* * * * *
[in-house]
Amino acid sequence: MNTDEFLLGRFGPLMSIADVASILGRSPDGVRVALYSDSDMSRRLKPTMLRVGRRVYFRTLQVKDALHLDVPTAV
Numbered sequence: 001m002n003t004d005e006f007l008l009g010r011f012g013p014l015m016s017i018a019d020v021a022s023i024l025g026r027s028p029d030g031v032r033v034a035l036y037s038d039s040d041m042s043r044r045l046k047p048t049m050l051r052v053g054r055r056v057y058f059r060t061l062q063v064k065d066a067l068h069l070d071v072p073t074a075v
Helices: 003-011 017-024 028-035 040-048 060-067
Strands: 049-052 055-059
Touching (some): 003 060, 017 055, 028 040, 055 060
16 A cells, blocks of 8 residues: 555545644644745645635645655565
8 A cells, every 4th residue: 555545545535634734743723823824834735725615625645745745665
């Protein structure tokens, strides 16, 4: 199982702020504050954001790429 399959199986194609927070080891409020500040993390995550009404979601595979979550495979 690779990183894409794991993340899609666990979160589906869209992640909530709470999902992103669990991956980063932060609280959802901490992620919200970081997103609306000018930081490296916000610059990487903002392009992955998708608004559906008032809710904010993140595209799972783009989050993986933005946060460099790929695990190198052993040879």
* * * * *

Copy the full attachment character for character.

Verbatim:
[in-house]
Amino acid sequence: MNTDEFLLGRFGPLMSIADVASILGRSPDGVRVALYSDSDMSRRLKPTMLRVGRRVYFRTLQVKDALHLDVPTAV
Numbered sequence: 001m002n003t004d005e006f007l008l009g010r011f012g013p014l015m016s017i018a019d020v021a022s023i024l025g026r027s028p029d030g031v032r033v034a035l036y037s038d039s040d041m042s043r044r045l046k047p048t049m050l051r052v053g054r055r056v057y058f059r060t061l062q063v064k065d066a067l068h069l070d071v072p073t074a075v
Helices: 003-011 017-024 028-035 040-048 060-067
Strands: 049-052 055-059
Touching (some): 003 060, 017 055, 028 040, 055 060
16 A cells, blocks of 8 residues: 555545644644745645635645655565
8 A cells, every 4th residue: 555545545535634734743723823824834735725615625645745745665
């Protein structure tokens, strides 16, 4: 199982702020504050954001790429 399959199986194609927070080891409020500040993390995550009404979601595979979550495979 690779990183894409794991993340899609666990979160589906869209992640909530709470999902992103669990991956980063932060609280959802901490992620919200970081997103609306000018930081490296916000610059990487903002392009992955998708608004559906008032809710904010993140595209799972783009989050993986933005946060460099790929695990190198052993040879």